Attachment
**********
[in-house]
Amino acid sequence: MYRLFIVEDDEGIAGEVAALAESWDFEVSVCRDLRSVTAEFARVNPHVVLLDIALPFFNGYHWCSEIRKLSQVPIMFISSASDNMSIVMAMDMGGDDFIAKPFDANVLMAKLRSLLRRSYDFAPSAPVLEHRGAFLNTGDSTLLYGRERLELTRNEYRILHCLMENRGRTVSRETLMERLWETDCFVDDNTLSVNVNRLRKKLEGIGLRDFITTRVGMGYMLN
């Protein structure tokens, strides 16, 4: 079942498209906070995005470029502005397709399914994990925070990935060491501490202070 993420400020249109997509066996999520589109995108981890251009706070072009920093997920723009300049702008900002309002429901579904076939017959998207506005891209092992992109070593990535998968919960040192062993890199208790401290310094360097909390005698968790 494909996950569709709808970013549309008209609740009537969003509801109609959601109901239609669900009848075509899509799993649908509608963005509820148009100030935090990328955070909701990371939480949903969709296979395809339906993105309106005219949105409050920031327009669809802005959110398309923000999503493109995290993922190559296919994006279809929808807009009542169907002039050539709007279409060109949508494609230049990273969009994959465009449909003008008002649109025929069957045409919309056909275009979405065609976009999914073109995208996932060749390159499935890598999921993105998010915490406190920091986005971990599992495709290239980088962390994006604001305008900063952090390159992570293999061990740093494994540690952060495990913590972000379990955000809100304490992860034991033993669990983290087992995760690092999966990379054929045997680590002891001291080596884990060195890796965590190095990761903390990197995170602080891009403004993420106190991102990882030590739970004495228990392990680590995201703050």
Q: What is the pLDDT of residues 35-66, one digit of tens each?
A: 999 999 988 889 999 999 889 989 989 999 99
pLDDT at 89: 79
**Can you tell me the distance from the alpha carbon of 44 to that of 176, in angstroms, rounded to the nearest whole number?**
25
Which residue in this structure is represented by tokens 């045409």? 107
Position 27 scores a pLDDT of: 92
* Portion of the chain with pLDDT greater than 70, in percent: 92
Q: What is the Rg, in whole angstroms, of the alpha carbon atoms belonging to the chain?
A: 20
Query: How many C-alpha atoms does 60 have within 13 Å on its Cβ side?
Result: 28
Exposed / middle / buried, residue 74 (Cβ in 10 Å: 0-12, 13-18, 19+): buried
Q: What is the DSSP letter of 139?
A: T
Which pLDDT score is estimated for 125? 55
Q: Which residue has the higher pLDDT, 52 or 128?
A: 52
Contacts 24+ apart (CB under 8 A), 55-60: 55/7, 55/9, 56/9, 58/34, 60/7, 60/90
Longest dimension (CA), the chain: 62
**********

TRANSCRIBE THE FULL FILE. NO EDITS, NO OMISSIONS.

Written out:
[in-house]
Amino acid sequence: MYRLFIVEDDEGIAGEVAALAESWDFEVSVCRDLRSVTAEFARVNPHVVLLDIALPFFNGYHWCSEIRKLSQVPIMFISSASDNMSIVMAMDMGGDDFIAKPFDANVLMAKLRSLLRRSYDFAPSAPVLEHRGAFLNTGDSTLLYGRERLELTRNEYRILHCLMENRGRTVSRETLMERLWETDCFVDDNTLSVNVNRLRKKLEGIGLRDFITTRVGMGYMLN
């Protein structure tokens, strides 16, 4: 079942498209906070995005470029502005397709399914994990925070990935060491501490202070 993420400020249109997509066996999520589109995108981890251009706070072009920093997920723009300049702008900002309002429901579904076939017959998207506005891209092992992109070593990535998968919960040192062993890199208790401290310094360097909390005698968790 494909996950569709709808970013549309008209609740009537969003509801109609959601109901239609669900009848075509899509799993649908509608963005509820148009100030935090990328955070909701990371939480949903969709296979395809339906993105309106005219949105409050920031327009669809802005959110398309923000999503493109995290993922190559296919994006279809929808807009009542169907002039050539709007279409060109949508494609230049990273969009994959465009449909003008008002649109025929069957045409919309056909275009979405065609976009999914073109995208996932060749390159499935890598999921993105998010915490406190920091986005971990599992495709290239980088962390994006604001305008900063952090390159992570293999061990740093494994540690952060495990913590972000379990955000809100304490992860034991033993669990983290087992995760690092999966990379054929045997680590002891001291080596884990060195890796965590190095990761903390990197995170602080891009403004993420106190991102990882030590739970004495228990392990680590995201703050």
Q: What is the pLDDT of residues 35-66, one digit of tens each?
A: 999 999 988 889 999 999 889 989 989 999 99
pLDDT at 89: 79
**Can you tell me the distance from the alpha carbon of 44 to that of 176, in angstroms, rounded to the nearest whole number?**
25
Which residue in this structure is represented by tokens 């045409």? 107
Position 27 scores a pLDDT of: 92
* Portion of the chain with pLDDT greater than 70, in percent: 92
Q: What is the Rg, in whole angstroms, of the alpha carbon atoms belonging to the chain?
A: 20
Query: How many C-alpha atoms does 60 have within 13 Å on its Cβ side?
Result: 28
Exposed / middle / buried, residue 74 (Cβ in 10 Å: 0-12, 13-18, 19+): buried
Q: What is the DSSP letter of 139?
A: T
Which pLDDT score is estimated for 125? 55
Q: Which residue has the higher pLDDT, 52 or 128?
A: 52
Contacts 24+ apart (CB under 8 A), 55-60: 55/7, 55/9, 56/9, 58/34, 60/7, 60/90
Longest dimension (CA), the chain: 62